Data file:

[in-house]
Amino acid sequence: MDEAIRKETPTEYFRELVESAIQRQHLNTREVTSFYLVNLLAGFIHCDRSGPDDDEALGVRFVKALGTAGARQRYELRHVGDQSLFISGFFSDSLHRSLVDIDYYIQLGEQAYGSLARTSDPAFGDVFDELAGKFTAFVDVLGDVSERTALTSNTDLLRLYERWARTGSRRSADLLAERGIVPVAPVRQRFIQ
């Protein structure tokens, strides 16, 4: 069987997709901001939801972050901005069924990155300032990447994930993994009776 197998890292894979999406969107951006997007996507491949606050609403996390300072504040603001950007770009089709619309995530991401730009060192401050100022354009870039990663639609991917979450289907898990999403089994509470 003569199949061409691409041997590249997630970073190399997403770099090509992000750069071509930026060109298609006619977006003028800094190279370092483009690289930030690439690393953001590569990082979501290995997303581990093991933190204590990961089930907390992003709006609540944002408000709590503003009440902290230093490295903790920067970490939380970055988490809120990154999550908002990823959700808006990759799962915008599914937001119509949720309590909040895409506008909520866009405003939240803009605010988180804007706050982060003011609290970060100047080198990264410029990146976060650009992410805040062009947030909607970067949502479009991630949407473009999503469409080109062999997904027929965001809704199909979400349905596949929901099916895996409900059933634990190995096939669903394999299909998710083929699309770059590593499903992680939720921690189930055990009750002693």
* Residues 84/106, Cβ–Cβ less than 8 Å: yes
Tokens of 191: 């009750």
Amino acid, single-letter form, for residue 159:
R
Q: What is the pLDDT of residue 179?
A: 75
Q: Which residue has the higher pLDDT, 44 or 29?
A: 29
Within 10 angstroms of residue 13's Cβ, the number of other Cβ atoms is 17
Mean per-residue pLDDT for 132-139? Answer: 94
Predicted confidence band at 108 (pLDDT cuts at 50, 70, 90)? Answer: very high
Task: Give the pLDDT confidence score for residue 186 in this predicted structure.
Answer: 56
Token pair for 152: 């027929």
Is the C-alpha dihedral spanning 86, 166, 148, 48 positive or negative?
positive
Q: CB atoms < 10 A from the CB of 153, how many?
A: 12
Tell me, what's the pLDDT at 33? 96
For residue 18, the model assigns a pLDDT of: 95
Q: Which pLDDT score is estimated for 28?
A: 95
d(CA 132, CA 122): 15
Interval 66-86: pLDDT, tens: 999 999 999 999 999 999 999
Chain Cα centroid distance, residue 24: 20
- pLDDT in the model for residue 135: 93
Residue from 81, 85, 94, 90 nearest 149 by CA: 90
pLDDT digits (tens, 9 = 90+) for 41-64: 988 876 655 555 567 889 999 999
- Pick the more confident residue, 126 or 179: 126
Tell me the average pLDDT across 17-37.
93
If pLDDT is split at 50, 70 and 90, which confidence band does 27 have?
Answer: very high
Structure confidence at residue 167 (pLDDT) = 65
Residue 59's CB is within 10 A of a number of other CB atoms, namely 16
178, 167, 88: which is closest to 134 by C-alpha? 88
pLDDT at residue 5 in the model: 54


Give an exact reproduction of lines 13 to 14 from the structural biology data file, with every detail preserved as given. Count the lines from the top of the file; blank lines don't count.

Mean per-residue pLDDT for 132-139? Answer: 94
Predicted confidence band at 108 (pLDDT cuts at 50, 70, 90)? Answer: very high